In the months leading up to the G-7 meeting, Drop the Debt campaigners effectively documented the limited impact of debt relief delivered so far, under the supposedly ‘new and improved’ HIPC program agreed at Cologne in 1999. One study detailed how many poor countries which qualified for debt relief under HIPC were granted average cuts in debt payments of just 27%, forcing them to still spend more on debt repayments than on health care. They also commissioned another study by a UK accounting firm which demonstrated that the IMF and World Bank have sufficient resources to finance deeper debt cancellation without affecting their functioning.

During the G-7 summit, US faith-based groups, including AFJN, joined AIDS and health groups from around the world urging debt cancellation to free resources for the fight against HIV/AIDS. Jubilee campaigners sharply criticized IMF-backed "economic reforms" as precisely the policies which, driven by doctrinaire conditionalities, reproduce inequality and dependency and deepen the debt crisis. They also critiqued the Poverty Reduction Strategy Papers (PRSPs) as reinforcing Structural Adjustment Program, which for decades have failed to deliver poor countries out of chronic poverty or the debt crisis. Calling the HIPC process a "dead horse," they urged the G-7 to get serious about debt cancellation.

Support for the World Bank Bonds Boycott has grown in recent months. The Boycott demands an end to structural adjustment programs and similarly harmful lending practices; 100% cancellation of debts owed to the World Bank without using citizens’ tax dollars; and an end to environmentally destructive project lending for oil, mining, and gas projects. Groups recently committing themselves to the boycott include several central labor councils as well as the Marianist Brothers and Priests/New York Province, School Sisters of Notre Dame, Sisters of the Holy Cross and Pax Christi.

This fall the Mobilization for Global Justice, Jubilee movement, faith-based groups, the AFL-CIO, student and women’s groups and many others have issued A Call to Action to Globalize Justice during the annual IMF/World Bank meetings. In addition to opposing the Free Trade Agreement of the Americas (FTAA) and the Administration’s request for ‘fast-track’ trade negotiating authority, it urges unconditional cancellation of debts owed by the poorest countries to the IMF and the World Bank, using the institutions own resources.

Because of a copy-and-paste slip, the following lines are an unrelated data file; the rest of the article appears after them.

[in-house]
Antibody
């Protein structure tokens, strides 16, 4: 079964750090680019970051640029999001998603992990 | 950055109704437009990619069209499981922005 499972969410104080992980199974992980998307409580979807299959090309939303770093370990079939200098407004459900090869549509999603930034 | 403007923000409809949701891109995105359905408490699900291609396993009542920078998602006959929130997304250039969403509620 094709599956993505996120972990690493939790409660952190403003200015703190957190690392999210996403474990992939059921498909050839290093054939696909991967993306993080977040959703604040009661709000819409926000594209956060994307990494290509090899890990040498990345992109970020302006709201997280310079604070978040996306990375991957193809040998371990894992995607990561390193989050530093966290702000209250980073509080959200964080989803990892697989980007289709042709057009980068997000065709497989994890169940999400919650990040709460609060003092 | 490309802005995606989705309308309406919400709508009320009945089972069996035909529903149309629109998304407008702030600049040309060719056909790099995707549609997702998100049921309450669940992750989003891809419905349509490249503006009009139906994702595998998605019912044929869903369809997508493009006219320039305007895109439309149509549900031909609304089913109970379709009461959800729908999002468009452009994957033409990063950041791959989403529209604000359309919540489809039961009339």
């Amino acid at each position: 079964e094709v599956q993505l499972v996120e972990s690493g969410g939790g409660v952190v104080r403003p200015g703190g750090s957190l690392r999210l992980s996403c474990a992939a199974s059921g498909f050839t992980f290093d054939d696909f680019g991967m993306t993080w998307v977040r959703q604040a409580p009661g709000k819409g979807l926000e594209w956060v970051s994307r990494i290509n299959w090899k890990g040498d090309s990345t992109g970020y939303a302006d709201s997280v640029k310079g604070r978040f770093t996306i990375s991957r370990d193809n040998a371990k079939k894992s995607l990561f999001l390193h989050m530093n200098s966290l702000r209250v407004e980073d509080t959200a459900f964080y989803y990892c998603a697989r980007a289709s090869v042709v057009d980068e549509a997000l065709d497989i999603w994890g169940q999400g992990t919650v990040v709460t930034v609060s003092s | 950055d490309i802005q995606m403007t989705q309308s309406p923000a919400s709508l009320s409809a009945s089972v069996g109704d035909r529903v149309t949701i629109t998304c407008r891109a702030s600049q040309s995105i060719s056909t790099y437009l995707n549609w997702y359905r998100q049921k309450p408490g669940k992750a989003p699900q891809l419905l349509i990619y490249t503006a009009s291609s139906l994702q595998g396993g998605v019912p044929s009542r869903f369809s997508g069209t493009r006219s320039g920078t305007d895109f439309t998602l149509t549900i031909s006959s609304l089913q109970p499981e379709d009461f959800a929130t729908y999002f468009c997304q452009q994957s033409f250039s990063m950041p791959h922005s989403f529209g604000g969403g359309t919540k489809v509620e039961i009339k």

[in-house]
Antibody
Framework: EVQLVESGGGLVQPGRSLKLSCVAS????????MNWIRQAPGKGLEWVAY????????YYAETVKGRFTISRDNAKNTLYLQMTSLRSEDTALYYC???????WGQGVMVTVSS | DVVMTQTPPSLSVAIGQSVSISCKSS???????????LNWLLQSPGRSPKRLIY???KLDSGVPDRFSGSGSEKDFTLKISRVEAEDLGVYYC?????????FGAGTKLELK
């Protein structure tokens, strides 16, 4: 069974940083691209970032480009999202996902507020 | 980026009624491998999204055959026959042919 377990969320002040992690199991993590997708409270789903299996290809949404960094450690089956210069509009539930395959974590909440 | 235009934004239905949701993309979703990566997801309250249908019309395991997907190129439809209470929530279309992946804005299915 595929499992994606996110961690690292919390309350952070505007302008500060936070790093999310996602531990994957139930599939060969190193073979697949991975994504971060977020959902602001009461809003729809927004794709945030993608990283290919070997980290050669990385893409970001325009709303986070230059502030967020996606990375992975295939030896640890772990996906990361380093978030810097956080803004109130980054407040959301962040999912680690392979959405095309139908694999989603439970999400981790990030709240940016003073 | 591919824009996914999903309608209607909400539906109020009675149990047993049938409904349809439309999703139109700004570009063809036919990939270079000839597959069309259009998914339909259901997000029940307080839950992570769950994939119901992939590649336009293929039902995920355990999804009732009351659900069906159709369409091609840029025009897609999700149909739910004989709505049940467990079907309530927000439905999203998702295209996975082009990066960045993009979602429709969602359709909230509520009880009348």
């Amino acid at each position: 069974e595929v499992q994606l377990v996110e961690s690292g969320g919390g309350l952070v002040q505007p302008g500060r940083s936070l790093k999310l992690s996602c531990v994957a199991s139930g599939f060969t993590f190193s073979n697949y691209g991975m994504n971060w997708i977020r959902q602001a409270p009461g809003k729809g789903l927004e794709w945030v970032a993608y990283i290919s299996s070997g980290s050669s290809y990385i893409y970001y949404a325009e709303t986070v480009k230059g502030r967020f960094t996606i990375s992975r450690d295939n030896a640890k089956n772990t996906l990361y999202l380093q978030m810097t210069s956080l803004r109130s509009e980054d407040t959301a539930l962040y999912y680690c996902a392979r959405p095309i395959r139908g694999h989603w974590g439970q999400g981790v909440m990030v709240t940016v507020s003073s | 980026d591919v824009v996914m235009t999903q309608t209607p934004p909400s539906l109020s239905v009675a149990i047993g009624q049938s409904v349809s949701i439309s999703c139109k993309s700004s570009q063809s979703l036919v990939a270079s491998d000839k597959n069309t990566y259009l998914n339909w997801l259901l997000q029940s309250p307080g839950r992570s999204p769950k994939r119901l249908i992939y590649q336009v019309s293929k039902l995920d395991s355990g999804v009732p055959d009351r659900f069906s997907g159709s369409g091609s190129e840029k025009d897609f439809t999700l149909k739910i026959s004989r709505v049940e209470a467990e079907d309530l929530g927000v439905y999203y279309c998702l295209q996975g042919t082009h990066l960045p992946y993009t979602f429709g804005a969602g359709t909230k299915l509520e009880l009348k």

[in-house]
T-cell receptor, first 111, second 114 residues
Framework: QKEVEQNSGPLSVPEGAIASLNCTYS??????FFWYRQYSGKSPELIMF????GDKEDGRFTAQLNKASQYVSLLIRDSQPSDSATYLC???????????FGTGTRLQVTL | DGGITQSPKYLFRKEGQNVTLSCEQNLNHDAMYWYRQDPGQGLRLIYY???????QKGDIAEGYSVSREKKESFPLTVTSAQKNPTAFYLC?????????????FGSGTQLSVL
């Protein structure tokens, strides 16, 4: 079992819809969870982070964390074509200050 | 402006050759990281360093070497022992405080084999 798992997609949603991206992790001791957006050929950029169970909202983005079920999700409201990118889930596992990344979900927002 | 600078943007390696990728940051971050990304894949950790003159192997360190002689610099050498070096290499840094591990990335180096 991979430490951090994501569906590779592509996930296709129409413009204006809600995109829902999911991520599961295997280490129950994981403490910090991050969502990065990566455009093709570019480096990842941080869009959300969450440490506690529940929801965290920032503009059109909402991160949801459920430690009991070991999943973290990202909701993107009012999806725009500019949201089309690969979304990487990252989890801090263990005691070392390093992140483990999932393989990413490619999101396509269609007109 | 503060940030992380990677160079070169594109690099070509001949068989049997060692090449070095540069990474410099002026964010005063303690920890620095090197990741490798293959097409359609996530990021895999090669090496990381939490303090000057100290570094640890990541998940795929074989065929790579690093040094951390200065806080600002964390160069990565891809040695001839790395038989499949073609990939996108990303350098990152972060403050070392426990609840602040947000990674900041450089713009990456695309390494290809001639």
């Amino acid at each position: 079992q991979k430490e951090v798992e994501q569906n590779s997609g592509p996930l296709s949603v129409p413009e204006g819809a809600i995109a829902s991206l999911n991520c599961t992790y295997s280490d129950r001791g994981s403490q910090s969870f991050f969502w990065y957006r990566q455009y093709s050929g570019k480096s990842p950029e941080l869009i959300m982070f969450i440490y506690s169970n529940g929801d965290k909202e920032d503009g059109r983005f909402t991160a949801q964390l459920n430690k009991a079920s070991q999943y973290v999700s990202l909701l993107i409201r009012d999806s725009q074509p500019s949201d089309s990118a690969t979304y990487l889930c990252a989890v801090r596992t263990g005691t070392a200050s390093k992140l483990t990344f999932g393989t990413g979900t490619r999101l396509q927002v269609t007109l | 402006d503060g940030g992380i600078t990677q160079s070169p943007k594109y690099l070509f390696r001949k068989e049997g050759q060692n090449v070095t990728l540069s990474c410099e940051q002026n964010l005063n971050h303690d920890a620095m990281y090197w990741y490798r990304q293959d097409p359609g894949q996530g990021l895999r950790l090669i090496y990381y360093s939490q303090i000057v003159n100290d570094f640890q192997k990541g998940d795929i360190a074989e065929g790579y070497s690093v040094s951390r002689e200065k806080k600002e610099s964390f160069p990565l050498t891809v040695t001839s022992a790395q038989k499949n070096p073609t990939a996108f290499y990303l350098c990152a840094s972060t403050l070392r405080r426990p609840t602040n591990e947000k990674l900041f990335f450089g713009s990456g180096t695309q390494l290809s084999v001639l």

These groups are organizing a Global Justice Week of Action Sept. 25-30, with events planned for Washington DC and across the country to reject the current global economic system that values profits over people. Events in Washington include:

    • Ending Global Apartheid: Sept 27-29 teach-in on the IMF/World Bank (Info available at: http://www.essentialaction.org/wbimf/)
    • Forum on how international financial institution policies affect women in the global economy
    • Interfaith Service and candlelight march for debt cancellation Sept. 29
    • Massive non-violent rally and march Sunday, Sept. 30

http://www.september30.org/s30/calendar.cfm provides an up-to-date list of related events in Washington and across the country:
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Ban Landmines Action
Your Voice Could Make the Difference:

October 1st and 2nd

Join people of faith in urging
President Bush
to
Ban Landmines
!

Take just one minute to register your opinion!
Call the White House on Oct. 1st or Oct. 2nd
Urge the President to join the 1997 Mine Ban Treaty.
Telephone: 202-456-1111

The majority of landmine victims are civilians in poor countries with very limited access to the surgery, blood transfusions, pain medication, prosthetic limbs, and physical therapy necessary for landmine survivors. The majority of the world's nations have joined the 1997 Mine Ban Treaty, which bans the use, production, trade, and stockpiling of antipersonnel landmines. The U.S. has not joined the treaty. This is unacceptable given the current humanitarian disaster:

  • Landmines maim or kill upwards of 18,000 people each year; the majority of victims are civilians--30-40% of them children.
  • Over 500,000 people worldwide have been killed by landmines; 300,000 have been maimed by landmine explosions.
  • In Angola, one in every 334 people is a landmine amputee.
  • There are over 80 million landmines in over 80 countries around the world. An additional 250 million are stockpiled.

Has your church endorsed the US Campaign To Ban Landmines Faith-based Initiative? It’s designed to generate thousands of letters to President Bush and U.S. Senators between now and December 3rd—the fourth anniversary of the signing of the Mine Ban Treaty. Contact the National Council of Churches/Church World Service at 202-544-2350 or heathern@ncccusa.org